9........It was the traffic between Iberia Parish and Veracruz that brought back hot peppers to Southwest Louisiana. Tabasco was born as a result of this Veracruz-New Iberia trade and migration, and significantly figured into the culinary and dietary customs of southern Louisiana.



Caribbean Roots
Multi Racial



10.......Louisianans speak Louisiana French, French-based Louisiana Creole and Louisiana Spanish.

11........Louisiana French remained the lingua franca of many Louisianians until well into the 20th century. What most people do not know is the heavy Hispanic influence both in vocabulary, phonemes and expressions.

12........In Lafourche Parish, the letter ‘J’ /zh/ is pronounced like the Spanish ‘J’ /hota/, an aspirated ‘H’ sound in English. It is still debated in linguistics whether or not this is a direct influence of Canary Islanders and/or additional Spanish-speaking Louisianians who settled in Lower Southeast Louisiana in the late 18th and early 19th centuries, or if this was transported with a community from other regions of the French-speaking world, like Canada or France.

13........In Louisiana French and Louisiana Creole we also use the verb “espérer” for “to wait,” which is “esperar” in Spanish. This particular verb used elsewhere in the Francophone world would be “attendre.”

14........Zydeco and Cajun music share instrumental and performative relations to bachata and meringue of the Dominican Republic.




Our Ancestors were from a French Colony
Our Root Language is Latin Based



15.......inbobó), beans and rice (frijoles/habichuelas con arroz), meat pies (empanadas), all dishes for which Latin Louisiana is known for, can be found in the Hispanic Caribbean.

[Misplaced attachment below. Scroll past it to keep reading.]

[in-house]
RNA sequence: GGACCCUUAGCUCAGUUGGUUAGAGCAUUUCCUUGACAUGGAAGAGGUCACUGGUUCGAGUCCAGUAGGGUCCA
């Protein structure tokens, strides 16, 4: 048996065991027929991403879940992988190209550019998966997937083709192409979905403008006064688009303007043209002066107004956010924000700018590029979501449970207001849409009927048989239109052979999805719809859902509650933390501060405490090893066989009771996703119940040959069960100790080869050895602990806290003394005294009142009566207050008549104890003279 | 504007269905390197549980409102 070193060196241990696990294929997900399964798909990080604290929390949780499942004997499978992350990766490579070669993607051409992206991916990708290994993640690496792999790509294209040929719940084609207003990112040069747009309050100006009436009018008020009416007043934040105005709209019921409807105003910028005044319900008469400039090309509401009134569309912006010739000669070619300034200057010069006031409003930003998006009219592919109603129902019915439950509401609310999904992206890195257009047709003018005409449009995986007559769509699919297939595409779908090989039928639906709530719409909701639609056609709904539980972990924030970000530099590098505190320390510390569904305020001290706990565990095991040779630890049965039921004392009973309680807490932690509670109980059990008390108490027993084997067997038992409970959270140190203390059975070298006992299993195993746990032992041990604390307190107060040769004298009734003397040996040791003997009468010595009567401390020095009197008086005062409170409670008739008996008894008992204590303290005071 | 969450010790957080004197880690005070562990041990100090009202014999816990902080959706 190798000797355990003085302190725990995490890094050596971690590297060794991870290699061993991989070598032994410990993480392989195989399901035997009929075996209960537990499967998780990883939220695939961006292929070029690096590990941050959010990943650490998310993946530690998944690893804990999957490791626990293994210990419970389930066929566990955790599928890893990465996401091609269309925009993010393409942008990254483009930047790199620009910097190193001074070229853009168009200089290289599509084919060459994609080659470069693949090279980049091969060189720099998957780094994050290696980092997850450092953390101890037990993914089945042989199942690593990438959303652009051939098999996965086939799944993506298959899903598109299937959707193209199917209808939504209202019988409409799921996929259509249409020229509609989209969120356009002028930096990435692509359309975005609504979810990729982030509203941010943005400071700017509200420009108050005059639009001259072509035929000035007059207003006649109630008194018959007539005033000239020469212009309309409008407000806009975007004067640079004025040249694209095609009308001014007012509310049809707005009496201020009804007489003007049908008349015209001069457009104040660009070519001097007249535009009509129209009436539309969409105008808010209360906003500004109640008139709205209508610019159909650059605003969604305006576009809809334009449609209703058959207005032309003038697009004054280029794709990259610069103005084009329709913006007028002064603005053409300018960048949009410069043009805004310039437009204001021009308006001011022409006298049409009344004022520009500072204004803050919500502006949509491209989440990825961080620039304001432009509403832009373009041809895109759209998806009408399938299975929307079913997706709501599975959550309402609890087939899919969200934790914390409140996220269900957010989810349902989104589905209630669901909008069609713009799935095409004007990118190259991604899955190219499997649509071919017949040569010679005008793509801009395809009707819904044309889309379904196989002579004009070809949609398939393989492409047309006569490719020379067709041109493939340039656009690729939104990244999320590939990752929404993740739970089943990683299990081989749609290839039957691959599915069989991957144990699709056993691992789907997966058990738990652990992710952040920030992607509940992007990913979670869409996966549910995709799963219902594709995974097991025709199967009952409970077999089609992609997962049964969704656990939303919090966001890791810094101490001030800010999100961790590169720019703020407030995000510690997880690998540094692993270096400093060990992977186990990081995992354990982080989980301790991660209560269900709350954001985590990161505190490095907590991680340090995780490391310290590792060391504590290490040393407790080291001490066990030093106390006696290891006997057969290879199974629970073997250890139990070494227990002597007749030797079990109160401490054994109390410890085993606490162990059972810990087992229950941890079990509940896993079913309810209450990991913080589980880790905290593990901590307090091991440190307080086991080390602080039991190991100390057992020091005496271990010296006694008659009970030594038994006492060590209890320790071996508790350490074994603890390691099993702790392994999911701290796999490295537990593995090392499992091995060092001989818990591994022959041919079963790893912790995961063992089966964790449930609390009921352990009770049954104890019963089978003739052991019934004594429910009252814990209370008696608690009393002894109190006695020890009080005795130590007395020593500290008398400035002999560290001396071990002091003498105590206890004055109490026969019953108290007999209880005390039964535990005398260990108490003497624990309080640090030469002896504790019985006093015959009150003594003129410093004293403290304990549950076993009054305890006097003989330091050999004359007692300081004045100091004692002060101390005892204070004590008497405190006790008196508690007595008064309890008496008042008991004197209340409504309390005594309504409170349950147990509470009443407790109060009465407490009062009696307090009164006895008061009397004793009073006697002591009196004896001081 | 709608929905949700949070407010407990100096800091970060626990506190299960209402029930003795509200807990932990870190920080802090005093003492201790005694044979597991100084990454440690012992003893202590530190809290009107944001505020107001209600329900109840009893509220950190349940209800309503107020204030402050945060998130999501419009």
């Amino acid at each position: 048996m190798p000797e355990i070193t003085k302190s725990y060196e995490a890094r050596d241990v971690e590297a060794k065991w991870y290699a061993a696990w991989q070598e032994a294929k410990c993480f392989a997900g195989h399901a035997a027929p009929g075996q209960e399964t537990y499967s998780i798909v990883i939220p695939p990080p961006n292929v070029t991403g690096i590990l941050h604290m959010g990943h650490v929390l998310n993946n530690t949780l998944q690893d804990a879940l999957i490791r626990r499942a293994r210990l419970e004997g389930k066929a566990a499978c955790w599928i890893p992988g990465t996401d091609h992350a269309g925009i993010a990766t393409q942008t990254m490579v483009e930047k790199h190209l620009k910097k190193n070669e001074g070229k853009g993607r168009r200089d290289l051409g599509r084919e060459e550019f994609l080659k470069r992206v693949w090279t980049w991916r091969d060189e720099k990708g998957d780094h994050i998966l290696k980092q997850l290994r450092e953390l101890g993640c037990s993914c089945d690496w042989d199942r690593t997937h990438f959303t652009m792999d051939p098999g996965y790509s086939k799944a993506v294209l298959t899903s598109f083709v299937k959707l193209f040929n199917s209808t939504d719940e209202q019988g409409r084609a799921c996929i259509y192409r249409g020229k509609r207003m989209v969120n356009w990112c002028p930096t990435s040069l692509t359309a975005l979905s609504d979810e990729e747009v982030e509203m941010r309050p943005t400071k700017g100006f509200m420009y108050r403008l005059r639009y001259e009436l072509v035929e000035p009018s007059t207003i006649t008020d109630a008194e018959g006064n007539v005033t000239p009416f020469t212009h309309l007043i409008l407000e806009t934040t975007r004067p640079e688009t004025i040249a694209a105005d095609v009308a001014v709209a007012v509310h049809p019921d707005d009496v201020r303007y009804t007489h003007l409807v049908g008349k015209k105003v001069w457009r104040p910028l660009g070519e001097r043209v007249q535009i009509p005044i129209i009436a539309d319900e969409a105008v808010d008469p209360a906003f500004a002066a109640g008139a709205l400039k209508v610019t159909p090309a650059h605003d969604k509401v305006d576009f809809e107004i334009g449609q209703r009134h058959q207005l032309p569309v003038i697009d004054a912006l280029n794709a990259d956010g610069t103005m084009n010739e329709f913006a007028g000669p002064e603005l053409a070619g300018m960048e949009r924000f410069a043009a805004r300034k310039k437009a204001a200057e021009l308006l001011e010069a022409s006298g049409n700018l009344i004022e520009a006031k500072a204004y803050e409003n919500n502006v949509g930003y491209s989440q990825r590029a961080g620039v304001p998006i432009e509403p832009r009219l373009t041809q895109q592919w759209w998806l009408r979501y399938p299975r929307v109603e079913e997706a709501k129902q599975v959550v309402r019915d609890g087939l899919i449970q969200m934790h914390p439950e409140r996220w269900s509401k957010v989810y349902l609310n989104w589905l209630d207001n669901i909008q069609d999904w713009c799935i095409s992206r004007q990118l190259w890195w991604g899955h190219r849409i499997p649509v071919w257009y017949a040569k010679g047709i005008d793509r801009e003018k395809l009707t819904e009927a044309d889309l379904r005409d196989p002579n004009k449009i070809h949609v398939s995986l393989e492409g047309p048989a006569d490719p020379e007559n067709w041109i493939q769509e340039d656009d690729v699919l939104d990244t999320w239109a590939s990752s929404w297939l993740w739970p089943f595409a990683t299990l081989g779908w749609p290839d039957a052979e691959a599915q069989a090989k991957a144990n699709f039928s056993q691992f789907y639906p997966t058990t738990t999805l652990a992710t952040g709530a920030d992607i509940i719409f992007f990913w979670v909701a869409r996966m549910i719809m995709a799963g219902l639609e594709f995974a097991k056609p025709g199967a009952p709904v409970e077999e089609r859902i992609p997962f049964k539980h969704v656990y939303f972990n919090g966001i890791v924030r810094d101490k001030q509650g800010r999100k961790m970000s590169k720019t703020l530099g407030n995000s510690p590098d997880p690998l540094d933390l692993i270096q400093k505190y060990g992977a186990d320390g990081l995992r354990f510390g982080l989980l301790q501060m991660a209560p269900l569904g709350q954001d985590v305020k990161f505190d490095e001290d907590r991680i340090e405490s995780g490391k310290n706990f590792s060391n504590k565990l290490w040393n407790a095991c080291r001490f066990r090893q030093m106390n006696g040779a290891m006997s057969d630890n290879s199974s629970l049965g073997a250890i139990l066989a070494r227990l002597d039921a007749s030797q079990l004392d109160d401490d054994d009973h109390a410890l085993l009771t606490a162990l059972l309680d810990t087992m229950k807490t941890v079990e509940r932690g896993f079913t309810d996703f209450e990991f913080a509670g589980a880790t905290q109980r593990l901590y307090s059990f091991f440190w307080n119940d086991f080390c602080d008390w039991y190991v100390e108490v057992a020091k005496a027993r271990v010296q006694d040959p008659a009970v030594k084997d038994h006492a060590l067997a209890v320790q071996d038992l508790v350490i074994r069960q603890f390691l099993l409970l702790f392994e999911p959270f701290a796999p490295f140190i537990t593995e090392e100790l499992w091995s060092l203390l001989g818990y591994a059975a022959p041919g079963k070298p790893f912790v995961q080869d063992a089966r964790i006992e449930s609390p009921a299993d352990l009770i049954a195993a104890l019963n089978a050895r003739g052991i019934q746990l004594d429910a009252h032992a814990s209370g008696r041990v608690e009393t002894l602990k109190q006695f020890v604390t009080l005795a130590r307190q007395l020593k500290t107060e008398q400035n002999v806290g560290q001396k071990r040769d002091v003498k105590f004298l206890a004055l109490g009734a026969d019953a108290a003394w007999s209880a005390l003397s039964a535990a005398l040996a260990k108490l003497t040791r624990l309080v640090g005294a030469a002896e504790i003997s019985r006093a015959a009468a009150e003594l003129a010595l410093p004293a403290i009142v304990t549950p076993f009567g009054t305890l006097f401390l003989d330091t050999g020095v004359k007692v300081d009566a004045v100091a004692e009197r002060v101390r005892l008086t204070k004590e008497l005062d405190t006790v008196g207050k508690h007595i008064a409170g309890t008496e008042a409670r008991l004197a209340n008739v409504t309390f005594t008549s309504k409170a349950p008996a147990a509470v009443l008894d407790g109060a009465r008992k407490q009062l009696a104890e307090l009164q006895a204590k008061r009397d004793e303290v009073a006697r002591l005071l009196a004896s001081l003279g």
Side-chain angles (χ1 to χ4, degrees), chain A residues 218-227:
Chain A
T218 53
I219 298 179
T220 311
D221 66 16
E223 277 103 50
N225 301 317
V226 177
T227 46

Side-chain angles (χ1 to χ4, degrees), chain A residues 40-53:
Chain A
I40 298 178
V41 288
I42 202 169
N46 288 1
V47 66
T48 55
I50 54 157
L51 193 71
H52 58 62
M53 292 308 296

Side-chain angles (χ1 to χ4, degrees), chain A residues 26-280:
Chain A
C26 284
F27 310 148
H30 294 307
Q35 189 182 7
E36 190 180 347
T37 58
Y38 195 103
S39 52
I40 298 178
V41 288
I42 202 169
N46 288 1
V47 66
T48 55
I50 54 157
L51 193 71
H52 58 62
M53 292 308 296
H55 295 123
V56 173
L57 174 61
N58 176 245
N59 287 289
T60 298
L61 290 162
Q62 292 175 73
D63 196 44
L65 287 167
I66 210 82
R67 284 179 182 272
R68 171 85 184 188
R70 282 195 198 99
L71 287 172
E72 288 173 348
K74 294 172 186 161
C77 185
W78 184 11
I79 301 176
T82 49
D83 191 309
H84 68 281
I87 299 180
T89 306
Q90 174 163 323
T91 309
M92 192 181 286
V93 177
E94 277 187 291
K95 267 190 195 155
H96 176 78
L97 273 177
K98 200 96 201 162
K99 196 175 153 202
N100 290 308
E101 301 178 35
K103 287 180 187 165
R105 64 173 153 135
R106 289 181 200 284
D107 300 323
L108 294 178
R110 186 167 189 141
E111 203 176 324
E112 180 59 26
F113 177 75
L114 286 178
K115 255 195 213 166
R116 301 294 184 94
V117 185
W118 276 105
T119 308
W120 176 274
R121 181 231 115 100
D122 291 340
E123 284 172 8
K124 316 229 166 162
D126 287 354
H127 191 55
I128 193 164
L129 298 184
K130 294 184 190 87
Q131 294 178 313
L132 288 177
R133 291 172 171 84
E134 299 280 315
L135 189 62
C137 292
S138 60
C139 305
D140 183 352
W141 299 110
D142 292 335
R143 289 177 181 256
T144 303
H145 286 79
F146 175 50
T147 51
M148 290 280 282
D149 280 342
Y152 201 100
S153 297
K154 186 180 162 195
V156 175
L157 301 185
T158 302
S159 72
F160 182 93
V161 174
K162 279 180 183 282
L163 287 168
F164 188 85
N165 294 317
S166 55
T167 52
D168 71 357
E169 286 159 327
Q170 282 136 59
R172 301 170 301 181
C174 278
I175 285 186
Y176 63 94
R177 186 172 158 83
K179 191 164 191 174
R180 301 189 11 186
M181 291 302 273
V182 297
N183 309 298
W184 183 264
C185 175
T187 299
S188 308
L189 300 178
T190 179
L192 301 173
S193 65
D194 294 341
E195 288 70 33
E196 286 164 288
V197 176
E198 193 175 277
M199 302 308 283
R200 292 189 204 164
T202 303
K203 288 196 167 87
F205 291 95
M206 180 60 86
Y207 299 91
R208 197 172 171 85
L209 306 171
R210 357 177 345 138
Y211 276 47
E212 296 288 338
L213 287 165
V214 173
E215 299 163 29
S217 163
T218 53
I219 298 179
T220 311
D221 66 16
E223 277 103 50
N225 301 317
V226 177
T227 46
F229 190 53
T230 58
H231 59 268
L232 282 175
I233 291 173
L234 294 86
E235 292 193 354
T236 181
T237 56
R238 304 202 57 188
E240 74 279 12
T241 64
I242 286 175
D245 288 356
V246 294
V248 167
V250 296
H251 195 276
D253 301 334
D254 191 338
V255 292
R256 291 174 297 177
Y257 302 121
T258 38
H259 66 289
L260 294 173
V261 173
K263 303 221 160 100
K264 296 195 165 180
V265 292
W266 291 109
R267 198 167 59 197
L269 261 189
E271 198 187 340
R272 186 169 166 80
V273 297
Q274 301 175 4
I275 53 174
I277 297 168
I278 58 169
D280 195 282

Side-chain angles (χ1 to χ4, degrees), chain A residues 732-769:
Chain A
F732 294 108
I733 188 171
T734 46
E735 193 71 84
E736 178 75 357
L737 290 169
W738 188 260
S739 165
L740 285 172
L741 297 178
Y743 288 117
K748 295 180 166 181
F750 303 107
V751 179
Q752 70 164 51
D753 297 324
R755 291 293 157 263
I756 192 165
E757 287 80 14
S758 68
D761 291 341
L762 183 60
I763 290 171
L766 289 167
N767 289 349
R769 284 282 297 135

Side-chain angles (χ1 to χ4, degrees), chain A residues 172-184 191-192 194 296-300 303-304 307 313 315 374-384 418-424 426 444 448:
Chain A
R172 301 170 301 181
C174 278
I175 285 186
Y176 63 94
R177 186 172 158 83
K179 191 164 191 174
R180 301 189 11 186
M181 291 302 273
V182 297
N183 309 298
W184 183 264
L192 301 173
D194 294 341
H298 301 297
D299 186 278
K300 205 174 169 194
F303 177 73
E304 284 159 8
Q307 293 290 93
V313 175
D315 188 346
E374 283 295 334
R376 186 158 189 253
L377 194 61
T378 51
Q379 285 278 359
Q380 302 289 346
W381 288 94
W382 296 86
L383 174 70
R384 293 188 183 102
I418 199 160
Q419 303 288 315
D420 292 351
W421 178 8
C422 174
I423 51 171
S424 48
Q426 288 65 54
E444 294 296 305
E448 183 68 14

16...One cannot forget the famous daiquiri, a drink of Cuban origin, from the town of Daiquirí. This drink, on a national level, only took strong hold amongst Louisiana’s Latin population. Today, it is extremely popular in South Louisiana and in areas of the nation where Latin Louisianans have migrated.


The Producers of take no Credit for this article nor it's content

Must Read Article:


Latino, Hispanic, Quechua. No, American; Take Your Pick. (New York Times, 1992).




A Multi Racial Latin Creole Family


Louisiana Creole People
Creoles are Latin



Miss Puerto Rico / Miss Universe
Afro/Cuban Creole

Dominican Republic Creole Mulatto

Suzan Malveaux
Byonce..Louisiana Creole
Caribbean Creoles
Australian Creoles
Louisiana Creole
Brazilian Creoles /Mulattos
Creoles International
Metoyer Family Creole
Louisiana Creole
Louisiana Creole
Our Indian Heritage
Creole in Our Veins
The Mixed World of Belize

General Andreas Pico Afro/Mexican Mulatto Mexican General

Emiliano Zapata Mexican Revolutionary Hero and Afro/Mexican

Augustine Healy Americas First Catholic Bishop of Color .. Irish /Mulatto extraction
Rosa Parks Amnerican Civil Rights Hero and Mulatto

President Barack Obama

Americas' First President of Color American/Mulatto

W.E.B Duboce

Political Activist of French Creole Heritage

Carly Simon

Singer.. Mulatto of Afro/Jewish Heritage

Eric Holder. U.S. Attorney General of Mulatto extraction